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Infrared Aiming Devices For Rifles

Using infrared technology can be challenging even with the best equipment, which is why the U.S. Army runs intricate training scenarios to familiarize its Soldiers with these IR devices.

When it comes to night shooting without the aid of a visible-light source, thermal and image-intensified (I²) night-vision riflescopes are the default solutions for several good reasons. Their form factors are similar to day optics and are therefore easy to adapt to. The best clip-on models have exceptional resolution and work in conjunction with existing day optics. Lower-cost, stand-alone units are still functional, even if they tend to lack the image quality and features of high-end I² and thermal scopes.

However, along with adding noticeable weight to our rifles, mounted night scopes all share a major Achilles’ heel: They limit situational awareness to whatever can be seen through their narrow fields-of-view (FOV). Unlike daytime riflescope users, the night shooter doesn’t have the luxury of looking over or alongside the optic to see a bigger picture. What you see through the night-vision device (NVD) is all you get. So, while they reign supreme for unidirectional engagements, they often fall short outside of static use—especially for solo hog/varmint hunters or home defenders.

Thankfully, there’s a pair of unsung night-shooting heroes that can pick up the slack: head-mounted I² goggles (or a monocular) and an IR aiming laser. Worn NVDs allow the rifle shooter to quickly see wherever he or she looks, and a zeroed laser allows quick, effective aiming without having to peer through a night scope and reposition a stabilized rifle. Therefore, when wide-area visibility or the need to deal with fast-moving game or threats is required, this dynamic duo provides an excellent solution for making hits in the dark.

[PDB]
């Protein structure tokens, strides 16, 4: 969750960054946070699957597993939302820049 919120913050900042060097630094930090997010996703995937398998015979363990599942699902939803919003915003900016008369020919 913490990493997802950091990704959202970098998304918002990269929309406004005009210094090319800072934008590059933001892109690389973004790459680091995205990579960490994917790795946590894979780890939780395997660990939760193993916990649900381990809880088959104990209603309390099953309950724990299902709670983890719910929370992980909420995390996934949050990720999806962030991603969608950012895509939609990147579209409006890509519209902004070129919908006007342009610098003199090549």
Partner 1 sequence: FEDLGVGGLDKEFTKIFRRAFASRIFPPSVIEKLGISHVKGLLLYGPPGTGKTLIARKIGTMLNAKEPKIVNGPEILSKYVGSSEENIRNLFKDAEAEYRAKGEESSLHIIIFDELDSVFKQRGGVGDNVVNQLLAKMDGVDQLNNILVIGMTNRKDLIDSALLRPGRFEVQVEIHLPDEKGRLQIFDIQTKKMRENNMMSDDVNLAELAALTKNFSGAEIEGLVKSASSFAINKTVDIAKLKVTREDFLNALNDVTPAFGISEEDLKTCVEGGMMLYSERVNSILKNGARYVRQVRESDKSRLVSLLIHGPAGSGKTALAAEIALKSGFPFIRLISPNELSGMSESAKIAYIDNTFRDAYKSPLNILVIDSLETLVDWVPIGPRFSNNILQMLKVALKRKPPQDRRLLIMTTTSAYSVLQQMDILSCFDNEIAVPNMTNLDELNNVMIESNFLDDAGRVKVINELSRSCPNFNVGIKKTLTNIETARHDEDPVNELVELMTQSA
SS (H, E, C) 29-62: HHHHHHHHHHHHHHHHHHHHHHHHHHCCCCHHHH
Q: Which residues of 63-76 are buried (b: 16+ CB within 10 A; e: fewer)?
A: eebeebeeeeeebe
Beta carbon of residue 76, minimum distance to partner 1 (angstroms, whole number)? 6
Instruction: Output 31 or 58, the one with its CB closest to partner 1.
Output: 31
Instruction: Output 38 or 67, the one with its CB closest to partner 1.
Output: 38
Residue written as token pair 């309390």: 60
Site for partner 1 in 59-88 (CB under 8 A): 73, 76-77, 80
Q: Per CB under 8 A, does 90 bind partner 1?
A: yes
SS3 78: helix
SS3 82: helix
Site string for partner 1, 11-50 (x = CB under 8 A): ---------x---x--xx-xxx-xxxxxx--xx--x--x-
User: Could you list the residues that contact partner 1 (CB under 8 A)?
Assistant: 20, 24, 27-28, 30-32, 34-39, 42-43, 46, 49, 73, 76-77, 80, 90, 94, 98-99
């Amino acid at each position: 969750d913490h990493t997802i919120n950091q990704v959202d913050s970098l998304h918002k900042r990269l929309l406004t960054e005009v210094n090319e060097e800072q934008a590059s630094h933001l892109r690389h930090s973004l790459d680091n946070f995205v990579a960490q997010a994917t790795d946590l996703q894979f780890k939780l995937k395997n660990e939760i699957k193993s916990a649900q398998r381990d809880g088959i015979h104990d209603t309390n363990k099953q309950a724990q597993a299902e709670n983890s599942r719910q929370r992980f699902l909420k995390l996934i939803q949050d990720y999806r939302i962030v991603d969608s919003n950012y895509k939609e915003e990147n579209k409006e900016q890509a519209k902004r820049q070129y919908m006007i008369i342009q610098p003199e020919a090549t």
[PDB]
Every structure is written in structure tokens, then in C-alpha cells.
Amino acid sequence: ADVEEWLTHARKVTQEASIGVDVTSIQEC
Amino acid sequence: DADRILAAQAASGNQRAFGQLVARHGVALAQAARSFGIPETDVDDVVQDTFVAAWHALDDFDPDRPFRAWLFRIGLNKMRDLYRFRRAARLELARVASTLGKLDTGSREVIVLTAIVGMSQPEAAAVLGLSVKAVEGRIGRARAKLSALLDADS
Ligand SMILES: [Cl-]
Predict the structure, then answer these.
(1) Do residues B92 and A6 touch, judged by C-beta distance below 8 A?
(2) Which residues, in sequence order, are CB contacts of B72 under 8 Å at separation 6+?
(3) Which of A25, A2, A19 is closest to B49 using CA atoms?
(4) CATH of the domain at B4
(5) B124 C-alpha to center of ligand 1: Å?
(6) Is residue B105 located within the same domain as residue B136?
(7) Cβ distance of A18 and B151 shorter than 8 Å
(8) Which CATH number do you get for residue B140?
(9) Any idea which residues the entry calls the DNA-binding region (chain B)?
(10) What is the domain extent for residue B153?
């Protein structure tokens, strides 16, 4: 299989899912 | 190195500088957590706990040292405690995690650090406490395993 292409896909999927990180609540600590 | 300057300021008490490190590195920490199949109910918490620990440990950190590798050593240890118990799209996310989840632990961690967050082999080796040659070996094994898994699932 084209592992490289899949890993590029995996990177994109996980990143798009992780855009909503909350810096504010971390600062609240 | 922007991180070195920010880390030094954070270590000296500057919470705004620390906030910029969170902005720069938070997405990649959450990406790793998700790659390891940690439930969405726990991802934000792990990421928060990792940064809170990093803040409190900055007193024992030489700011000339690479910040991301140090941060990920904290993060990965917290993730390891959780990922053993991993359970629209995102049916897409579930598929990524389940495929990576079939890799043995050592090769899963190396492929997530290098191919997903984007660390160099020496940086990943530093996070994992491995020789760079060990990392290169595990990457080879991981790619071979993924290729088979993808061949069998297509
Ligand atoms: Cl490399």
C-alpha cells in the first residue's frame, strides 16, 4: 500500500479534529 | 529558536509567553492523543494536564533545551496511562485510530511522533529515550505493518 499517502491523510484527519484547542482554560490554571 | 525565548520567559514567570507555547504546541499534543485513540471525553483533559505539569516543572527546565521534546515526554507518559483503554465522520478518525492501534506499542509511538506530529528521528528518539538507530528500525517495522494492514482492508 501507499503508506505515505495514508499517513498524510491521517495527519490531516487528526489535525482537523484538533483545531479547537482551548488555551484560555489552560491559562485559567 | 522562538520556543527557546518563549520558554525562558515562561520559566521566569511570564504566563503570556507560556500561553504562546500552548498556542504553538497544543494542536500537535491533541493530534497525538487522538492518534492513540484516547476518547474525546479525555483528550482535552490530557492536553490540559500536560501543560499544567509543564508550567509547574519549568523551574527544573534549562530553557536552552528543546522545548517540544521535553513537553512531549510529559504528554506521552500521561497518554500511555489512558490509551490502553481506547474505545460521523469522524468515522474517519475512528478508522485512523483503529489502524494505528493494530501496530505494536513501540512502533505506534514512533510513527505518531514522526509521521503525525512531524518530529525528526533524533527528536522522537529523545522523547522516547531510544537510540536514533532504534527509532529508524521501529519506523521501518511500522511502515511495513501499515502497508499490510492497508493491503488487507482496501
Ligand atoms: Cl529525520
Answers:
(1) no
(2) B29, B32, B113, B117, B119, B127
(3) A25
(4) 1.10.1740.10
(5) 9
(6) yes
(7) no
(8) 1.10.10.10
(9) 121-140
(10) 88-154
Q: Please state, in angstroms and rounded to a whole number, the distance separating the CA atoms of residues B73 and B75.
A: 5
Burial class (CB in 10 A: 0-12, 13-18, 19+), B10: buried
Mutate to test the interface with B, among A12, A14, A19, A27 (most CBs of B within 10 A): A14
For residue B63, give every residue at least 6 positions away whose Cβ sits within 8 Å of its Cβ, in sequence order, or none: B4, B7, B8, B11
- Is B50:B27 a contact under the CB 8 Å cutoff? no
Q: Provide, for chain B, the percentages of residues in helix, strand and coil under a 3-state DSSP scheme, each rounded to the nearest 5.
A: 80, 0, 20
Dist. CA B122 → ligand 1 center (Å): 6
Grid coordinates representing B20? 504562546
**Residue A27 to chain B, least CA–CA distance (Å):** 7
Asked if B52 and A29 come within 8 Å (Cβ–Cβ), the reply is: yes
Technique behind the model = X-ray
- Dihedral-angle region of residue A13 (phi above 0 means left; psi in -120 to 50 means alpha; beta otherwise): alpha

Performance-wise, even older Gen 2 NVDs and Class 1 IR lasers allow minute-of-vitals accuracy out to at least 100 yards, and under starry skies often much farther. Goggles are easier to work with, but usually come at double the cost of an I² monocular. Wearing a monocular takes some getting used to, but they sometimes have the additional capability of being mounted to a rifle behind a day optic. Although this is an awkward setup (due to minimal eye relief), it can be useful on occasion. Regardless of NVD type, there are some tricks for setting up an IR laser to handle the aiming part of the equation.

A decade ago, I would only entrust my IR-laser-mounting needs to Picatinny rails that were integral to a metal receiver or handguard. However, I’ve found that when installed correctly, most aluminum M-Lok rail sections are solid enough to maintain the laser’s zero. I apply a mild thread-locking compound to the T-nuts, then torque them in accordance with manufacturers’ specifications and they stay tight for me.

When it comes to positioning a laser on the handguard, the vertical nature of gravity makes the 12- and 6-o’clock spots the simplest for managing the deviations from the line-of-laser (LOL) to the line-of-bore (LOB). Conversely, mounting on one side (or at an angle) adds an immediate windage component to gravity-induced elevation changes once the projectile passes through your LOL at the zero distance.